The extension is drawing criticism from environmental groups saying that it goes against what voters were promised and on the flip side industry officials feel that the Governor’s proposals are not good enough.
“At the same time, industry officials say the governor’s proposals do not go far enough in helping businesses struggling to stay open with provisional licenses while meeting what they see as burdensome rules under the state’s environmental regulations.”
“It is a significant amount of money, but I don’t know that it actually answers the problem of provisional licenses making it through CEQA analysis in a timely manner to get an annual license,” said Jerred Kiloh, president of the United Cannabis Business Assn.”
“He said delays in cities adopting rules, their limited staffing and lack of resources by cannabis firms mean some face two to four years to get through the licensing process. Many would face the prospect of shutting down, at least temporarily, if they don’t get a regular license by current state deadlines, Kiloh said.”
In 2019 there were more unlicensed businesses than licensed ones in California.
“In 2019, industry officials estimated there were nearly three times as many unlicensed businesses as ones with state permits. Although some industry leaders believe enforcement has reduced the number of illegal pot shops, a study in September by USC researchers estimated unlicensed retailers still outnumbered those that were licensed.”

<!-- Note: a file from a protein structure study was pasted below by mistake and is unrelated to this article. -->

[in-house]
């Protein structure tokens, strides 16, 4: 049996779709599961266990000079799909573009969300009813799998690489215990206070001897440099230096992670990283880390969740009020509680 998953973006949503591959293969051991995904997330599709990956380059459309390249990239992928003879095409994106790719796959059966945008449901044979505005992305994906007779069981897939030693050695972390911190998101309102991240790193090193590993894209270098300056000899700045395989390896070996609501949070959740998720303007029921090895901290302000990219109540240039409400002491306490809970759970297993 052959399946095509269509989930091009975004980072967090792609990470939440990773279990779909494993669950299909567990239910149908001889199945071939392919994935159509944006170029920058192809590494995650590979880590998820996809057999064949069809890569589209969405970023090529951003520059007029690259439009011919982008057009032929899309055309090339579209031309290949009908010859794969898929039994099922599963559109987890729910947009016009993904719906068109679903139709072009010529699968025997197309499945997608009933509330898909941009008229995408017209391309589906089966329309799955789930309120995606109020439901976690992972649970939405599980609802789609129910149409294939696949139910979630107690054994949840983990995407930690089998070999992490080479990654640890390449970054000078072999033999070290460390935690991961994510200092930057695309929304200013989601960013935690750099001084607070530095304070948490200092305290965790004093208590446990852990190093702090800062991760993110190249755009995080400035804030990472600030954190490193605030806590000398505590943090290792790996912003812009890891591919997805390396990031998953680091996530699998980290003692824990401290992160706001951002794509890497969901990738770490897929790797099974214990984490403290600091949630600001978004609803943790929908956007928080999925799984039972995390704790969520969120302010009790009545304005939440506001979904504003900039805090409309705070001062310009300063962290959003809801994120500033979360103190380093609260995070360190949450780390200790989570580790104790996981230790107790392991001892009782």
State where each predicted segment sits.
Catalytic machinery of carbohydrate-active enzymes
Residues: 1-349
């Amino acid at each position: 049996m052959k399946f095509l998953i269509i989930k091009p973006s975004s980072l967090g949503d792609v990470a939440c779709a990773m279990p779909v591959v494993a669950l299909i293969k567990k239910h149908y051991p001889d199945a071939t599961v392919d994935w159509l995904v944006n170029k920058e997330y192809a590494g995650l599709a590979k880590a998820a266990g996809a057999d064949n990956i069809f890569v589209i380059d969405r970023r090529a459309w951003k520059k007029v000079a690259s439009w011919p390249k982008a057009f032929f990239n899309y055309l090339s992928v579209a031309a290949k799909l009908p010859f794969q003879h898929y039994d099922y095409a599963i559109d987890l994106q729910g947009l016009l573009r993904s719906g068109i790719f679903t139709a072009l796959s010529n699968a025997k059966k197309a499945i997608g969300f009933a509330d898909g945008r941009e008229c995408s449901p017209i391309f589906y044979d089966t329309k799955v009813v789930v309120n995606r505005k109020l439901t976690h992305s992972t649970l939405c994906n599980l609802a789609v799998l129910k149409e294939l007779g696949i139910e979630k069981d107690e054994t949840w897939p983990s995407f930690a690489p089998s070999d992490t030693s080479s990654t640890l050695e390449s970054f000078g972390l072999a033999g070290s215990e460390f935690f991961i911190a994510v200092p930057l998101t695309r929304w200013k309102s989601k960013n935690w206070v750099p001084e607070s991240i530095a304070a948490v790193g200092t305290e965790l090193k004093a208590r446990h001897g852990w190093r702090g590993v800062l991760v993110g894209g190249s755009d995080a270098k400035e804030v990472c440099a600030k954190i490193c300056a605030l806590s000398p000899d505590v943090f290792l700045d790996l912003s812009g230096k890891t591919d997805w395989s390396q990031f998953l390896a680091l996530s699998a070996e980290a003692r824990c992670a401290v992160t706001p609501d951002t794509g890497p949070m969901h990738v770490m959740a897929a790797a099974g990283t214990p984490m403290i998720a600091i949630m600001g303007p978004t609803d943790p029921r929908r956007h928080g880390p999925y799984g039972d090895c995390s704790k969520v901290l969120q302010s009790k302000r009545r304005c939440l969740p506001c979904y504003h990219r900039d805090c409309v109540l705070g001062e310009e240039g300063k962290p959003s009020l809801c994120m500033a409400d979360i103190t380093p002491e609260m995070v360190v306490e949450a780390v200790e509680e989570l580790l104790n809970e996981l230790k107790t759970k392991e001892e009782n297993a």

“Supporters of legalization blame the discrepancy on problems that they say include high taxes on licensed businesses, burdensome regulations and the decision of about three-quarters of cities in California not to allow cannabis retailers in their jurisdictions.”
“Originally, pot businesses were supposed to transfer from temporary licenses to regular annual licenses by 2019, but many businesses were unable to comply in time, so the state allowed provisional licenses until Jan. 1, 2020, and then extended the deadline again to Jan. 1, 2022.”
The money may just be a drop in the bucket at that if these provisional licenses can’t turn into permanent licenses by January.
“The $100 million would go to local agencies with the most provisional licenses for growing, manufacturing, distribution, testing and retail operations. Some of the money can be used by cities offering equity funding to cannabis businesses owned by people of color.”